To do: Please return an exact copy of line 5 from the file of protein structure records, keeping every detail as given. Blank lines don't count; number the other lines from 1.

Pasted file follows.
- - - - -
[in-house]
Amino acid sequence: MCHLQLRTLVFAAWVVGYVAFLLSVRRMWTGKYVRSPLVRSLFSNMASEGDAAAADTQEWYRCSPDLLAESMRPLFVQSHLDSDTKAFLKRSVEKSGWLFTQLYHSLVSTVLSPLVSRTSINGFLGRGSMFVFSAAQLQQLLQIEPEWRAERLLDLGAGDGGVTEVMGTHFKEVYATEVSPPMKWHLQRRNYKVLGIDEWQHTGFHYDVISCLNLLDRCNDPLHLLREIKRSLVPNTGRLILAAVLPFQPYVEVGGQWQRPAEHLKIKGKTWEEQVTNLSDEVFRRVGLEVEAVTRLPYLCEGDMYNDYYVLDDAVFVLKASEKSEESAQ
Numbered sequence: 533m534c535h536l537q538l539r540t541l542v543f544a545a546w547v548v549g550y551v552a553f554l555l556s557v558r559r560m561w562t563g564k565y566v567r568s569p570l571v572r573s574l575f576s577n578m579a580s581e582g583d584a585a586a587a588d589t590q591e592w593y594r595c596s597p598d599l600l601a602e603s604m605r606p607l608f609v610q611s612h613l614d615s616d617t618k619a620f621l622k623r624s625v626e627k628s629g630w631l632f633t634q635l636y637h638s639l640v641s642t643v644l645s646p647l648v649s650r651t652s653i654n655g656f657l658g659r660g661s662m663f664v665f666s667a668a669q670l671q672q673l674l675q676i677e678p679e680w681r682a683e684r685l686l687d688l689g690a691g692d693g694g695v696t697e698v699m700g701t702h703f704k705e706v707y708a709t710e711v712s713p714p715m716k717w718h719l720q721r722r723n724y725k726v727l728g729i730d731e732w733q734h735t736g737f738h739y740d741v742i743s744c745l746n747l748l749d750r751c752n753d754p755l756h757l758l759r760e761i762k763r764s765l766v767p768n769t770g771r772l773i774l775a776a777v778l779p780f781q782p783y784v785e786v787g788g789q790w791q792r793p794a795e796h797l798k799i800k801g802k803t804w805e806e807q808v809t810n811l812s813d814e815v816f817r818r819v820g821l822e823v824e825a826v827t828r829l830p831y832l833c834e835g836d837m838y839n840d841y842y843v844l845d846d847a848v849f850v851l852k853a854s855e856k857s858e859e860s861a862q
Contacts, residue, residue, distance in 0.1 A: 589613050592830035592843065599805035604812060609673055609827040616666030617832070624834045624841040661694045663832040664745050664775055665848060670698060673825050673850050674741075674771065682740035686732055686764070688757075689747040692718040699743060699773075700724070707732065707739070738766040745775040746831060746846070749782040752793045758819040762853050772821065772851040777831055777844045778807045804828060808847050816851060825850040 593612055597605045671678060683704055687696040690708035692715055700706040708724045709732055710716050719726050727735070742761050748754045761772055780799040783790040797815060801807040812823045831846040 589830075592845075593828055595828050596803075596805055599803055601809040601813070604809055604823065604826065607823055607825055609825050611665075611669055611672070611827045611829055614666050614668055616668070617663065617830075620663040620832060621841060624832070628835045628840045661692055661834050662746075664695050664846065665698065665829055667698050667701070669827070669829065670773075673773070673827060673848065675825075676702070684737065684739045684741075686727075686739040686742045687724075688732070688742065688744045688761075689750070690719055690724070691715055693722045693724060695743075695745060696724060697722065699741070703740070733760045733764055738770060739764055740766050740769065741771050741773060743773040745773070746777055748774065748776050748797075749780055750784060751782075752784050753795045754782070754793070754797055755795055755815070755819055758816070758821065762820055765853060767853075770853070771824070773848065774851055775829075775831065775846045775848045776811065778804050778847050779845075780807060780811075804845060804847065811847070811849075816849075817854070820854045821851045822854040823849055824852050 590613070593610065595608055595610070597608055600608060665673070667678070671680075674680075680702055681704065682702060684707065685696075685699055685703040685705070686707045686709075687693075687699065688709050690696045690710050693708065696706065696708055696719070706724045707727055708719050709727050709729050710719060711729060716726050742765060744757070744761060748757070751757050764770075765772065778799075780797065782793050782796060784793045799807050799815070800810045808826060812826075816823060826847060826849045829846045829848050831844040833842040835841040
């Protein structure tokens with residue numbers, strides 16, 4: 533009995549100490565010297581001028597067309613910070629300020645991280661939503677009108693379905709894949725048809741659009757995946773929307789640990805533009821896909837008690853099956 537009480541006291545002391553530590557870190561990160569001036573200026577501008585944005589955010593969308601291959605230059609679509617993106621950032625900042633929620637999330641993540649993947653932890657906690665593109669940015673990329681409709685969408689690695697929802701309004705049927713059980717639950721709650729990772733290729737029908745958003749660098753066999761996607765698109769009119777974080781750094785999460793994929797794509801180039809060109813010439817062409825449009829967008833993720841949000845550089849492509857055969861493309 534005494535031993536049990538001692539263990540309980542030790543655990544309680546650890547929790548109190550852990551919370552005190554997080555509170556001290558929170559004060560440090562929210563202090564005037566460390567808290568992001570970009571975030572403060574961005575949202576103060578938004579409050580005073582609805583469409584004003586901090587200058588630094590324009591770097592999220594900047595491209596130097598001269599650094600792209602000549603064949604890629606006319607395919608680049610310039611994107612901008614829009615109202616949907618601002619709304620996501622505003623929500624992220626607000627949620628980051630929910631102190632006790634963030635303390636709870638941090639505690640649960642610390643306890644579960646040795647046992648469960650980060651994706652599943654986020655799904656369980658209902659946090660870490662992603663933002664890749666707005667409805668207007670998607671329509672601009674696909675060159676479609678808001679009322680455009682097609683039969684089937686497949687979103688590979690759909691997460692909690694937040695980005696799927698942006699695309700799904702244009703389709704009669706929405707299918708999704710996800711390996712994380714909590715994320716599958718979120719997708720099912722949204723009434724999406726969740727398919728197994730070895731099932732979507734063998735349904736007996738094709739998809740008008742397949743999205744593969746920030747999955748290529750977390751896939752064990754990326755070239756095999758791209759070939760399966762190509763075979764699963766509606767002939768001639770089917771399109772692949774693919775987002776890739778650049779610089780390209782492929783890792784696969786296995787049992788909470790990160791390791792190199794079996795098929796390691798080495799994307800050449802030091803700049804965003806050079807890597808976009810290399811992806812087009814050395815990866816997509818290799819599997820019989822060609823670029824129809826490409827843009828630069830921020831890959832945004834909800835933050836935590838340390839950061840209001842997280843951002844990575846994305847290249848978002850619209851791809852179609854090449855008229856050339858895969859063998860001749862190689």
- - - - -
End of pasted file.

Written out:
């Protein structure tokens with residue numbers, strides 16, 4: 533009995549100490565010297581001028597067309613910070629300020645991280661939503677009108693379905709894949725048809741659009757995946773929307789640990805533009821896909837008690853099956 537009480541006291545002391553530590557870190561990160569001036573200026577501008585944005589955010593969308601291959605230059609679509617993106621950032625900042633929620637999330641993540649993947653932890657906690665593109669940015673990329681409709685969408689690695697929802701309004705049927713059980717639950721709650729990772733290729737029908745958003749660098753066999761996607765698109769009119777974080781750094785999460793994929797794509801180039809060109813010439817062409825449009829967008833993720841949000845550089849492509857055969861493309 534005494535031993536049990538001692539263990540309980542030790543655990544309680546650890547929790548109190550852990551919370552005190554997080555509170556001290558929170559004060560440090562929210563202090564005037566460390567808290568992001570970009571975030572403060574961005575949202576103060578938004579409050580005073582609805583469409584004003586901090587200058588630094590324009591770097592999220594900047595491209596130097598001269599650094600792209602000549603064949604890629606006319607395919608680049610310039611994107612901008614829009615109202616949907618601002619709304620996501622505003623929500624992220626607000627949620628980051630929910631102190632006790634963030635303390636709870638941090639505690640649960642610390643306890644579960646040795647046992648469960650980060651994706652599943654986020655799904656369980658209902659946090660870490662992603663933002664890749666707005667409805668207007670998607671329509672601009674696909675060159676479609678808001679009322680455009682097609683039969684089937686497949687979103688590979690759909691997460692909690694937040695980005696799927698942006699695309700799904702244009703389709704009669706929405707299918708999704710996800711390996712994380714909590715994320716599958718979120719997708720099912722949204723009434724999406726969740727398919728197994730070895731099932732979507734063998735349904736007996738094709739998809740008008742397949743999205744593969746920030747999955748290529750977390751896939752064990754990326755070239756095999758791209759070939760399966762190509763075979764699963766509606767002939768001639770089917771399109772692949774693919775987002776890739778650049779610089780390209782492929783890792784696969786296995787049992788909470790990160791390791792190199794079996795098929796390691798080495799994307800050449802030091803700049804965003806050079807890597808976009810290399811992806812087009814050395815990866816997509818290799819599997820019989822060609823670029824129809826490409827843009828630069830921020831890959832945004834909800835933050836935590838340390839950061840209001842997280843951002844990575846994305847290249848978002850619209851791809852179609854090449855008229856050339858895969859063998860001749862190689």